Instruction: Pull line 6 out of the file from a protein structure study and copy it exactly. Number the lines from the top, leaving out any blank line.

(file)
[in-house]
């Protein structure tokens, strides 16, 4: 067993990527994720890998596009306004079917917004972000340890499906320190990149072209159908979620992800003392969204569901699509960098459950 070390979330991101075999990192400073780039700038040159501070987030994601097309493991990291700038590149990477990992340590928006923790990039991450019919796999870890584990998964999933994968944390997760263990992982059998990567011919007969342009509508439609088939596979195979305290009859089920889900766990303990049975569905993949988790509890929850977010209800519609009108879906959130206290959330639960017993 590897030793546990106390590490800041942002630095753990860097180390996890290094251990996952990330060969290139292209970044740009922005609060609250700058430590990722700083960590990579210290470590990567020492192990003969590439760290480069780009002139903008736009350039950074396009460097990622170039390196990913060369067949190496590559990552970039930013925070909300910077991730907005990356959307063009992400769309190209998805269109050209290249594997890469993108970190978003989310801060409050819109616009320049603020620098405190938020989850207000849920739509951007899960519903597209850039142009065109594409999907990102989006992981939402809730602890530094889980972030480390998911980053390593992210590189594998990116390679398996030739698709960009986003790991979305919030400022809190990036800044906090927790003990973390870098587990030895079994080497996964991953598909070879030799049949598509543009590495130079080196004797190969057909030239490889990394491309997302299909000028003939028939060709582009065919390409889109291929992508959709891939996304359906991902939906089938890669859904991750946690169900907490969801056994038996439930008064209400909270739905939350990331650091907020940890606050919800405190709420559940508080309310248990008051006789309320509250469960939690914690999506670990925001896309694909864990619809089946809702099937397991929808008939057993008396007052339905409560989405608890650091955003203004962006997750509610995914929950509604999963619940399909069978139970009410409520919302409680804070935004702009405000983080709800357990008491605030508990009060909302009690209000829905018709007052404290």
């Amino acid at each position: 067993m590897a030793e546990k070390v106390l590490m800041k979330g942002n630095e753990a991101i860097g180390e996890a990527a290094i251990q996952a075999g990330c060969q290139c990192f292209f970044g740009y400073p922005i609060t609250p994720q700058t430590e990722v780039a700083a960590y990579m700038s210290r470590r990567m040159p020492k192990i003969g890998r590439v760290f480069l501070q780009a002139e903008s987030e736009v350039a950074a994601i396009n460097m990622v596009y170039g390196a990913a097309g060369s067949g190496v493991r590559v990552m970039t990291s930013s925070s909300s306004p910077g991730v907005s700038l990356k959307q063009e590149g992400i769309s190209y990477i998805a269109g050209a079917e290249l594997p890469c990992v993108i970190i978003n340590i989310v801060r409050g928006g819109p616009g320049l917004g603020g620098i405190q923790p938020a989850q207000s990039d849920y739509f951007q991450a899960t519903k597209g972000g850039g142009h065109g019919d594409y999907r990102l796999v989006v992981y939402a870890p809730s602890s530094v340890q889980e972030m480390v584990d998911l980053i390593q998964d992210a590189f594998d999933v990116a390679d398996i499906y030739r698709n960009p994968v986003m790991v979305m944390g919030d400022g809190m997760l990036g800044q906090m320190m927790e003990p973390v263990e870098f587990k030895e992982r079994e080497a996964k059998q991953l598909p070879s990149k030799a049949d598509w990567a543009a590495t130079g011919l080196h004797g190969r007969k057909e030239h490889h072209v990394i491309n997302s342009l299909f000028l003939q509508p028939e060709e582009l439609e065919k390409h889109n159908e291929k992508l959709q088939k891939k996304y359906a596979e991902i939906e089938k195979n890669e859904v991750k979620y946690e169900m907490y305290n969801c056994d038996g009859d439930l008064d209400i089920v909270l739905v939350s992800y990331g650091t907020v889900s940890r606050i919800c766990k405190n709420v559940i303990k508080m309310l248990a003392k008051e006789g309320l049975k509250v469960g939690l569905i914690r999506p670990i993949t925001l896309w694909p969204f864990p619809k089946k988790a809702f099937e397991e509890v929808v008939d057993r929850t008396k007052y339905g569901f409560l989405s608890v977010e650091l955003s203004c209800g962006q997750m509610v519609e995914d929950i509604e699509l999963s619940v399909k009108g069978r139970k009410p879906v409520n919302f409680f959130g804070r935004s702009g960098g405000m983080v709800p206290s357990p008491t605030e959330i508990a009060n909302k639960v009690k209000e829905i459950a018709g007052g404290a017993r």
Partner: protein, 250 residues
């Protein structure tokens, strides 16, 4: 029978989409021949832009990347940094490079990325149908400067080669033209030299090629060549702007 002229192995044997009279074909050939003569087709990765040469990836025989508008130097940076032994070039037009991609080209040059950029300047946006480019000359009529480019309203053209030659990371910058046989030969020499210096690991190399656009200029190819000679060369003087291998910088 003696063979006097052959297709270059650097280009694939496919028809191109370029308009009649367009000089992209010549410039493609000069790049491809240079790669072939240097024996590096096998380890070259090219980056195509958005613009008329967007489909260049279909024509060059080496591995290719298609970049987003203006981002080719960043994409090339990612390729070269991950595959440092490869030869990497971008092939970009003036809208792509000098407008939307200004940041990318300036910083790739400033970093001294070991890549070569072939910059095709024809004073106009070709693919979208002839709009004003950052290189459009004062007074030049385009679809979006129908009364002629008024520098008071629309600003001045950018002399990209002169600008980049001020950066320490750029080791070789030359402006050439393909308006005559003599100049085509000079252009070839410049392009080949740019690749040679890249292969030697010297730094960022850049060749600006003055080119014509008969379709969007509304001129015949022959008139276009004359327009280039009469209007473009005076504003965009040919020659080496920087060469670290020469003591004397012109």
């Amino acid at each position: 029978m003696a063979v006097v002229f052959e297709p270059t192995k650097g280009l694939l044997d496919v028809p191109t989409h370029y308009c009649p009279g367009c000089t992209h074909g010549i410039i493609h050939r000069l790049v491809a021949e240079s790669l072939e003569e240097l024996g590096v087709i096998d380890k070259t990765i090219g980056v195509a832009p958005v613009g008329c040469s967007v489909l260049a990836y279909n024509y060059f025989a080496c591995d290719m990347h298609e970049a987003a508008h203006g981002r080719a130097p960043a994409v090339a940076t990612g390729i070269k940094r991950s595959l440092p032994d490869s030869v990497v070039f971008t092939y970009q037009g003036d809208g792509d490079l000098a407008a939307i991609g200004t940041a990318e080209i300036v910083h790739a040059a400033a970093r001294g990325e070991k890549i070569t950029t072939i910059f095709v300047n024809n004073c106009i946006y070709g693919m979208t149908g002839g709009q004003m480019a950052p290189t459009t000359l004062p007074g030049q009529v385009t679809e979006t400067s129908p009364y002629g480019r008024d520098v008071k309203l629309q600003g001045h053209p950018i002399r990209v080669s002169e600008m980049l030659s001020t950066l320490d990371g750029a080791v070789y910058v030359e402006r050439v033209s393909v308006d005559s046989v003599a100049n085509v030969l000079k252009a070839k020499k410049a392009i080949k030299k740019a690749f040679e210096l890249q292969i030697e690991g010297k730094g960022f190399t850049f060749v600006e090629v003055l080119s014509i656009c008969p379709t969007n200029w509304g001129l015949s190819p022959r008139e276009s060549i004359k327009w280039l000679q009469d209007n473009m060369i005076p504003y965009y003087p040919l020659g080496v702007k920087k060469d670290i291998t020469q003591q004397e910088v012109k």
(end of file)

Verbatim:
């Amino acid at each position: 029978m003696a063979v006097v002229f052959e297709p270059t192995k650097g280009l694939l044997d496919v028809p191109t989409h370029y308009c009649p009279g367009c000089t992209h074909g010549i410039i493609h050939r000069l790049v491809a021949e240079s790669l072939e003569e240097l024996g590096v087709i096998d380890k070259t990765i090219g980056v195509a832009p958005v613009g008329c040469s967007v489909l260049a990836y279909n024509y060059f025989a080496c591995d290719m990347h298609e970049a987003a508008h203006g981002r080719a130097p960043a994409v090339a940076t990612g390729i070269k940094r991950s595959l440092p032994d490869s030869v990497v070039f971008t092939y970009q037009g003036d809208g792509d490079l000098a407008a939307i991609g200004t940041a990318e080209i300036v910083h790739a040059a400033a970093r001294g990325e070991k890549i070569t950029t072939i910059f095709v300047n024809n004073c106009i946006y070709g693919m979208t149908g002839g709009q004003m480019a950052p290189t459009t000359l004062p007074g030049q009529v385009t679809e979006t400067s129908p009364y002629g480019r008024d520098v008071k309203l629309q600003g001045h053209p950018i002399r990209v080669s002169e600008m980049l030659s001020t950066l320490d990371g750029a080791v070789y910058v030359e402006r050439v033209s393909v308006d005559s046989v003599a100049n085509v030969l000079k252009a070839k020499k410049a392009i080949k030299k740019a690749f040679e210096l890249q292969i030697e690991g010297k730094g960022f190399t850049f060749v600006e090629v003055l080119s014509i656009c008969p379709t969007n200029w509304g001129l015949s190819p022959r008139e276009s060549i004359k327009w280039l000679q009469d209007n473009m060369i005076p504003y965009y003087p040919l020659g080496v702007k920087k060469d670290i291998t020469q003591q004397e910088v012109k």